1. Alice signs an offchain “permit” message, signaling that she wishes to grant a contract an allowance to spend an EIP-2612 token.
  2. Alice submits the signed message as part of her interaction with said contract.
  3. The contract calls permit() on the token, which consumes the permit message and signature, granting the contract an allowance.
  4. The contract now has an allowance so it can call transferFrom() on the token, moving tokens held by Alice.

Under the EIP-2612 model, users never have to submit separateapprove() transaction since it is bundled with the actual interaction. Just as importantly, there are no longer dangling infinite approvals since instantaneous allowance is often spent in a given transaction. Not to mention these messages can also include an expiration time on the permit.

So yes, EIP-2612 did a fantastic job of solving the UX and security issues present in the original standard allowance model. But, because EIP-2612 is an extension of the ERC20 standard, this functionality is only available for new or upgradeable tokens.

Permit2 Model

Permit2 further iterates on the token approval mechanism by introducing signature-based approvals and transfers for any ERC20 token. The approach works as follows:

Permit2 — Token Approvals
Permit2 — Token Approvals
  1. Alice calls approve() on an ERC20 to grant an infinite allowance to the canonical Permit2 contract.
  2. Alice signs an off-chain “permit2” message indicating that the protocol contract can transfer tokens on her behalf.
  3. Alice calls an interaction function on the protocol contract, passing in the signed permit2 message as a parameter.
  4. The protocol contract calls permitTransferFrom() on the Permit2 contract, which in turn uses its allowance (granted in 1.) to call transferFrom() on the ERC20 contract, moving the tokens held by Alice.

Requiring users to grant an explicit allowance may seem like a step backward. However, instead of granting it directly to the protocol, users grant it to the general Permit2 contract. This means that if a user has already granted an allowance for another protocol that uses Permit2, the other protocols can skip that step!

The Permit2 contract is used as an intermediary between a protocol and the ERC20 token. Rather than calling transferFrom() directly on the ERC20 token, a protocol calls permitTransferFrom() on the Permit2 contract. Permit2 then tracks and validates permit2 messages before using its allowance to perform the transferFrom() all directly on the ERC20 token. This allows Permit2 to provide EIP-2612 benefits for all ERC20 tokens!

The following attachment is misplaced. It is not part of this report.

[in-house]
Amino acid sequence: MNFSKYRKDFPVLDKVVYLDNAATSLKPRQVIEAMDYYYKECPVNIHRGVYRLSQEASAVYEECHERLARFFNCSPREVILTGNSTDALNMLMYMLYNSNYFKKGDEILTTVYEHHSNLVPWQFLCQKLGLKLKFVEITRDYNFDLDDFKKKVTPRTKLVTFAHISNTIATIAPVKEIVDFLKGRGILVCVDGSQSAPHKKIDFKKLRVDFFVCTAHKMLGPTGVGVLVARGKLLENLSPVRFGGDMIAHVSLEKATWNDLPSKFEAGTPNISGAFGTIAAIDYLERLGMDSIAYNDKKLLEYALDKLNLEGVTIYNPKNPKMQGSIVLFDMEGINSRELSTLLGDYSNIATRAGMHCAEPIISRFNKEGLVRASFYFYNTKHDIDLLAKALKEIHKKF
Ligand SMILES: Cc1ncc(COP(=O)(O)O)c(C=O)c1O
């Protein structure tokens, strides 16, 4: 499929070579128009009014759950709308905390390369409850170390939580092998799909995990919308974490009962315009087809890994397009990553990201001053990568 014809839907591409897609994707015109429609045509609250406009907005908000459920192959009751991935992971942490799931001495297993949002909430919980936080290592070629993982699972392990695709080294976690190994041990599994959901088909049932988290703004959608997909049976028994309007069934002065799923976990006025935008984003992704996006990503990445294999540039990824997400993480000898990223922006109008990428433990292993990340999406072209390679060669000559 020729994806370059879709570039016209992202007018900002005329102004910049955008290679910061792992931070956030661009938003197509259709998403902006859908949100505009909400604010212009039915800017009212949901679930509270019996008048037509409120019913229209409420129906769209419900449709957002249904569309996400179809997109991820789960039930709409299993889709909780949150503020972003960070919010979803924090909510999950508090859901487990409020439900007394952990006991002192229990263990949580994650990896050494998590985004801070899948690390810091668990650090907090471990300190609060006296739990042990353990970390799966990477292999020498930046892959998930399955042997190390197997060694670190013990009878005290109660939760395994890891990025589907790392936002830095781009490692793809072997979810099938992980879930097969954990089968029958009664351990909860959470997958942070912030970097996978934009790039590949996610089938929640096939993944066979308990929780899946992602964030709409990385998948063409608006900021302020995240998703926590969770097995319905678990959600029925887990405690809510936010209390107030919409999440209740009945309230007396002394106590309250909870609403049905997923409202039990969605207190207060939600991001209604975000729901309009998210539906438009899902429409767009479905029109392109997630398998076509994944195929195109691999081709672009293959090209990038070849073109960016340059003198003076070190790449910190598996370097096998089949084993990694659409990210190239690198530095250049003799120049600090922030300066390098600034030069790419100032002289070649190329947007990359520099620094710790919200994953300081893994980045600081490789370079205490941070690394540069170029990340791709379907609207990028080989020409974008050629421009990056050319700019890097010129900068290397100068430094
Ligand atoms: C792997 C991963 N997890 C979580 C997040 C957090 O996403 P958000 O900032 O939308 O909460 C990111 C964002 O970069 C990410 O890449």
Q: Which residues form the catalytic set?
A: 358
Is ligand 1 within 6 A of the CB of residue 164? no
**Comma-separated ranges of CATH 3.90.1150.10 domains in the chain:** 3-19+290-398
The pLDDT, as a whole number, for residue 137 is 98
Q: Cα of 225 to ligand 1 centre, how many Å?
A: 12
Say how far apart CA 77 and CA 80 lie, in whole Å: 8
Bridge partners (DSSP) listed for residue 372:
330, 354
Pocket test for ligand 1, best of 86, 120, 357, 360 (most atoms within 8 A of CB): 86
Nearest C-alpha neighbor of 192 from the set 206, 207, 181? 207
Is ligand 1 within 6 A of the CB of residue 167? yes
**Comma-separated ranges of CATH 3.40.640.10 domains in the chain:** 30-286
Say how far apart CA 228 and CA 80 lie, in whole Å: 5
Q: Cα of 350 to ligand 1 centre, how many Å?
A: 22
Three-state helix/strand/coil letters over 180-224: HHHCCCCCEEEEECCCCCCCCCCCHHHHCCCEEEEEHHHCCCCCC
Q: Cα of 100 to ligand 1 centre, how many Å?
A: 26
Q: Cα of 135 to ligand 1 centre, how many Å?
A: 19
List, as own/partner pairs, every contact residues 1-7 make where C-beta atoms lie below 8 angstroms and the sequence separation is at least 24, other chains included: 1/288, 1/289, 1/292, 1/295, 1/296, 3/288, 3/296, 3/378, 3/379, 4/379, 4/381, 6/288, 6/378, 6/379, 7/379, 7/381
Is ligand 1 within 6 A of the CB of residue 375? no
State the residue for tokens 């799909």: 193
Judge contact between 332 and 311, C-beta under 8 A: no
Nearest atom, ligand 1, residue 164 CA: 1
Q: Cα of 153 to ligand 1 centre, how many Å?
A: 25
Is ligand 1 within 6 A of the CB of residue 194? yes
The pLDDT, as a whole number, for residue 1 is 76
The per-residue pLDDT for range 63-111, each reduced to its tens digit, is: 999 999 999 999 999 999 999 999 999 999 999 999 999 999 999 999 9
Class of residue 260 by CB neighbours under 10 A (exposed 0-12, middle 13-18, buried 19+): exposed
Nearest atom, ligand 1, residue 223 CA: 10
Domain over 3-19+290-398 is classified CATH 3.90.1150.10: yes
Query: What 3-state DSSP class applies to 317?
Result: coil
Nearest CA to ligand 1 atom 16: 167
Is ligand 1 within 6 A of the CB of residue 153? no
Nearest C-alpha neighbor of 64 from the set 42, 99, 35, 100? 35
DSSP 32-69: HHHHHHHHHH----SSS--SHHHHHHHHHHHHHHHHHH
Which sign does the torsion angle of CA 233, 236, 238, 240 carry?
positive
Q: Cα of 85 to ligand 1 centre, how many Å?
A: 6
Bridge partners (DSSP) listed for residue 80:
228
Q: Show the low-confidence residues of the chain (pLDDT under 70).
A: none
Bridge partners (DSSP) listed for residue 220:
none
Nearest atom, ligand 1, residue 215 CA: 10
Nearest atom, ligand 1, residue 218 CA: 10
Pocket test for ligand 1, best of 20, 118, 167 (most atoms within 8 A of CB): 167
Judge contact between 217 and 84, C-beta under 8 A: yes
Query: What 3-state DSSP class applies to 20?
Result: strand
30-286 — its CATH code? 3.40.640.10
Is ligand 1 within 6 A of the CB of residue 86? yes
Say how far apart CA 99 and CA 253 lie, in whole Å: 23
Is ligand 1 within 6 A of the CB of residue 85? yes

Morpho Integration

Permit2 flexibility allows for its integration into various protocols in a way that aligns with their specific needs. For instance, Morpho uses a wrapper on top of Permit2. Specifically, Morpho leverages bothtransferFrom2 and simplePermit2 functions (a simplified implementation of the permit2 function) from this library.

In Morpho, the Permit2 functionality has been integrated into an if statement to provide users with flexibility in their token approval process. The code first verifies whether the user has submitted a standard allowance on the ERC20 to Morpho contracts. If the user has submitted a standard allowance, the code proceeds with the standard approval process.

However, if the user has not submitted a standard allowance, the code falls back to Permit2 token approvals. This approach enables users who prefer to use standard approvals to do so without being required to use Permit2.


Morpho has integrated Permit2: an open-source smart contract that enables more secure and user-friendly token approvals. It introduces innovative features such as signature-based transfers, batch approvals, and expiring approvals. As more protocols integrate with Permit2, its value to users will continue to grow.

To see how Permit2 works in practice, you can try Morpho’s AaveV3-ETH Optimizer.